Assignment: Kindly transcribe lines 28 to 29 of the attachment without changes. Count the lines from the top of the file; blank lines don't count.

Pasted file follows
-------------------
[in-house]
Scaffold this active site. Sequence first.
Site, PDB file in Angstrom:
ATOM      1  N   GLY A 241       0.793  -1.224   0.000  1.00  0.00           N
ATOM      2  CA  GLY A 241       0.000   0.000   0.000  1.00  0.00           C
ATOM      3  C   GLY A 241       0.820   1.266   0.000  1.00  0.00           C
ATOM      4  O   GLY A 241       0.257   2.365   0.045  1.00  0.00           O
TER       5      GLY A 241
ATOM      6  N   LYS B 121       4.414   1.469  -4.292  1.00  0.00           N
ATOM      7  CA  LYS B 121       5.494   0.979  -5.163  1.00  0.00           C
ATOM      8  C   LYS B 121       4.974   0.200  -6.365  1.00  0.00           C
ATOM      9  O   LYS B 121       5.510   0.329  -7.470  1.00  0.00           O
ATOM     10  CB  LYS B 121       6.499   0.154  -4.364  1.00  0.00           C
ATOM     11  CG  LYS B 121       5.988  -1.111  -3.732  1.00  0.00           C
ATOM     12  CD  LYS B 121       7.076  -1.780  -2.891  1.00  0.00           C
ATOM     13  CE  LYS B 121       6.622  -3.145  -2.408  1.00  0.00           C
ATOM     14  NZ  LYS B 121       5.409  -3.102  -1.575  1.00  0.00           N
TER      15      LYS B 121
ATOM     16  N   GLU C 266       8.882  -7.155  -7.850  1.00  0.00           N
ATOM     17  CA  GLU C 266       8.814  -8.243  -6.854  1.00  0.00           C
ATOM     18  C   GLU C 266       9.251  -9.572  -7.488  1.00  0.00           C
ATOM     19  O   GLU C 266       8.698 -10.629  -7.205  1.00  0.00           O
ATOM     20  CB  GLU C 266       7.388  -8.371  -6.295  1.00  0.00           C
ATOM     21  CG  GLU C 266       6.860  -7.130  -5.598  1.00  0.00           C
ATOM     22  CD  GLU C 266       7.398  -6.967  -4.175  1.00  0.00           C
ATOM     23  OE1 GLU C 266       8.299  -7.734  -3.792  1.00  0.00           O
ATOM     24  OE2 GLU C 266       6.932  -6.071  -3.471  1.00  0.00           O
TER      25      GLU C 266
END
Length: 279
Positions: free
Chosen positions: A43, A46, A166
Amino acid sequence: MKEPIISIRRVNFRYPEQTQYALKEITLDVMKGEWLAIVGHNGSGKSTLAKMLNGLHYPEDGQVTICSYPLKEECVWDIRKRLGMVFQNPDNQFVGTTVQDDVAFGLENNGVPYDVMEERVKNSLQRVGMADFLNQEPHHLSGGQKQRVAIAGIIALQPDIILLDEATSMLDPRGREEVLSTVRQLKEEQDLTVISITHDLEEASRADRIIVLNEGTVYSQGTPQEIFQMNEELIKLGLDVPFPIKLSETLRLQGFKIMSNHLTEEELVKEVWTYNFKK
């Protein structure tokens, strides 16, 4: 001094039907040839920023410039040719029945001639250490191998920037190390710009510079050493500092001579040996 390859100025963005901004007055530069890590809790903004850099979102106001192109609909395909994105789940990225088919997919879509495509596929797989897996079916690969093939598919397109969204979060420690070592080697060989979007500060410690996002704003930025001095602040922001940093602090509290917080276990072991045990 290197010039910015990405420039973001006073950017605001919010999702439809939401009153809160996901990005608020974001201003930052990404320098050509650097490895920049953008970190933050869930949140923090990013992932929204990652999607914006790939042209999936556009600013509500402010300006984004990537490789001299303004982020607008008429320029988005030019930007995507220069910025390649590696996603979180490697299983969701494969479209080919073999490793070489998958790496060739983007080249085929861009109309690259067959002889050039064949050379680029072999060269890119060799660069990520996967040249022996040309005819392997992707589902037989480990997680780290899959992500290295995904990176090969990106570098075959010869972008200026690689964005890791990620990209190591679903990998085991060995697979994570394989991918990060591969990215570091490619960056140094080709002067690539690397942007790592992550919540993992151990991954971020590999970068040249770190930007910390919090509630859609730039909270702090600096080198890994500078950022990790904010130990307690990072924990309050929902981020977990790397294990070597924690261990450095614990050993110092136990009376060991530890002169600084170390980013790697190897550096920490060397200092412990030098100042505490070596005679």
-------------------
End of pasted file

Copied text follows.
TER      25      GLU C 266
END